and feedbacks of soil macrofauna of forests and grasslands to environmental change.
My research interests are on biological conservation, soil
ecology and soil biology. The ability to combine
soil data with knowledge of biological systems is useful to identify and promote sustainable
management practices that contribute to natural resource conservation (e.g. biological diversity,
soil and water conservation), while preserving the utility of the landscape to fulfill the social
needs for these resources. The soil biological community has a tremendous impact on ecosystem
processes and function. Soil organisms can affect ecosystem processes in various ways through
their feeding and behavioral activities. For example, soil organisms can affect the movement and
transport of materials through their burrowing and pore forming behavior, aggregate formation,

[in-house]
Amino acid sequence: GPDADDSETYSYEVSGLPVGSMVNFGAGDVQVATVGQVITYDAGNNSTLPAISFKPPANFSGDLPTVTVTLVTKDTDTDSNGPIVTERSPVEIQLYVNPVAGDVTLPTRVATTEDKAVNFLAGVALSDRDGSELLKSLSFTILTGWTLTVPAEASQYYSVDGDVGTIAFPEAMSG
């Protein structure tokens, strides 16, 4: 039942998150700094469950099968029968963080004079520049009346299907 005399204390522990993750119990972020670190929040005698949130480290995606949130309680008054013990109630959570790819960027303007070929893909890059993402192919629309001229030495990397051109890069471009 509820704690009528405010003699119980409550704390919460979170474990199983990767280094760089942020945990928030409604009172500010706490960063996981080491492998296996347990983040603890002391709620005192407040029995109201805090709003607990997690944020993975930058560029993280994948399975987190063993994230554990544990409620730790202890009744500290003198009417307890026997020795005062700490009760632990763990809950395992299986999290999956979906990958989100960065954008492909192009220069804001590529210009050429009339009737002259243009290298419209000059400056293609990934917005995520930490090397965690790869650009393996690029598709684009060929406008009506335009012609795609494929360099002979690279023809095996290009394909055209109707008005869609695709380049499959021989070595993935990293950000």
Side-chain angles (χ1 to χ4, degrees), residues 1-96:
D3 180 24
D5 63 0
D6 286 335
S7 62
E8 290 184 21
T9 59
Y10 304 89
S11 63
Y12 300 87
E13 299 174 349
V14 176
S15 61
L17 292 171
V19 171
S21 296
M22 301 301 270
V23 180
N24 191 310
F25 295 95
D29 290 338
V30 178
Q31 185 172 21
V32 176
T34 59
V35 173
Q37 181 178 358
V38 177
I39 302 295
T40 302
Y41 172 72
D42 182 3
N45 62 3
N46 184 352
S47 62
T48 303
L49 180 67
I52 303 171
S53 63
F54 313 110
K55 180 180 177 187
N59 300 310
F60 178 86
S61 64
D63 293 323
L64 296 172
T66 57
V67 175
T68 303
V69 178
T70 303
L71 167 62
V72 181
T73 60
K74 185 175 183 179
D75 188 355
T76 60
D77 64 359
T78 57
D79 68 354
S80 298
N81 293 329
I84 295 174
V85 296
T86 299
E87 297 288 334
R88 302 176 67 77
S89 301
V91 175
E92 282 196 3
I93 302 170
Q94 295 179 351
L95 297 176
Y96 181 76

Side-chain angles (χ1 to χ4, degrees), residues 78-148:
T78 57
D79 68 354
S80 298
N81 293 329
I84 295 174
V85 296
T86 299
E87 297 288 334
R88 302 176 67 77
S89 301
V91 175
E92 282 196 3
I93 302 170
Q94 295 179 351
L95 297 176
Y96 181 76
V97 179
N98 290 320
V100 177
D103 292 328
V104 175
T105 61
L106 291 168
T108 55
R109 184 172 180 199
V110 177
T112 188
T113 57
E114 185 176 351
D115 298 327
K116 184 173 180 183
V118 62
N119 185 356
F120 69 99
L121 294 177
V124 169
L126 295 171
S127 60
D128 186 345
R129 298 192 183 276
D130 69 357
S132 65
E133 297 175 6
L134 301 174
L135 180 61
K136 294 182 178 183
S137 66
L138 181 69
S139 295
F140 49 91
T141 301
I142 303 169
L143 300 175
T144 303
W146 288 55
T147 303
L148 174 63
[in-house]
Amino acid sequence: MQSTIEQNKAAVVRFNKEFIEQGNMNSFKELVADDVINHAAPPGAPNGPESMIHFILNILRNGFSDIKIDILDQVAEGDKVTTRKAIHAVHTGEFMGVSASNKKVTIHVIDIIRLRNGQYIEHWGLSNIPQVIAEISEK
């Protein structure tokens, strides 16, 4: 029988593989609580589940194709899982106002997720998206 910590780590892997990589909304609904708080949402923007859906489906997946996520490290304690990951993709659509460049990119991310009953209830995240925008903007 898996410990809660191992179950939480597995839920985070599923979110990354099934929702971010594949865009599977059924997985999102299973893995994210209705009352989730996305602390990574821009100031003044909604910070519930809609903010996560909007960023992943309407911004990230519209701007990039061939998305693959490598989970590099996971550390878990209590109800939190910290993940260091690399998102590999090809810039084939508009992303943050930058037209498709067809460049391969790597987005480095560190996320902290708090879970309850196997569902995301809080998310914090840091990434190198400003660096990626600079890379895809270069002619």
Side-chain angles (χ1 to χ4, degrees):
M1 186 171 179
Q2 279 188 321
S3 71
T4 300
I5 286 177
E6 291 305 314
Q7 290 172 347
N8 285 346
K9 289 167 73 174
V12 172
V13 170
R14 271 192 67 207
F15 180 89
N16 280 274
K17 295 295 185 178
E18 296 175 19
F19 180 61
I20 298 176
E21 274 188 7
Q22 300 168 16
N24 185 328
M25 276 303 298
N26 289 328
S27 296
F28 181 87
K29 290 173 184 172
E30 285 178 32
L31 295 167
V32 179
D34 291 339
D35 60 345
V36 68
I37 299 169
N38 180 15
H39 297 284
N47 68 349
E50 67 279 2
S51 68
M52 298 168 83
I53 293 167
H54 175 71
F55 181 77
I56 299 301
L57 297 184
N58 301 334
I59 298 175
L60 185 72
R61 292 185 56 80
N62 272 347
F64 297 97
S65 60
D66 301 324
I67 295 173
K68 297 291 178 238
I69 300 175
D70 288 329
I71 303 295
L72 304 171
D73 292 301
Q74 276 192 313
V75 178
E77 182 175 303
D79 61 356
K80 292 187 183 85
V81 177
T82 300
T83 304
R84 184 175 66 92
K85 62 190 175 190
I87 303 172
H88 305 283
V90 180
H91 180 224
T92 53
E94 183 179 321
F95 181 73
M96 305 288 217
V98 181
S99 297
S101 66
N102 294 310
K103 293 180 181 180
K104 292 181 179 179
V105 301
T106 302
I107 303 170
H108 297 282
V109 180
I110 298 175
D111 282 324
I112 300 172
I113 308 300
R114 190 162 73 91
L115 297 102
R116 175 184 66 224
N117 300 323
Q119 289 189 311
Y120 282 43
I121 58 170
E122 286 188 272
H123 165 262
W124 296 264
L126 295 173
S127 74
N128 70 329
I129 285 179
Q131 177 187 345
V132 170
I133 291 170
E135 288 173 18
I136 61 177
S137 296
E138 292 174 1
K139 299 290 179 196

influence over organic matter decomposition, and other physical and chemical transformations.
Among soil organisms, earthworms are considered one of the most important members of soil
fauna in temperate regions. Earthworms can affect ecosystem processes in different ways. For
example, earthworms can increase plant productivity, increase microbial activity and
decomposition, change soil structure, influence over soil carbon sequestration, influence soil
porosity and water movement in the soil, among other effects.
My current projects are:
1- Effects of elevated CO2 on earthworm communities, and earthworm physiology in temperate forests.
2- Feedbacks of native and invasive soil macrofauna on soil C and N processes through decomposition, aggregate formation, and soil mixing.
I am developing these research projects at the FACE site in Oak Ridge National Laboratory.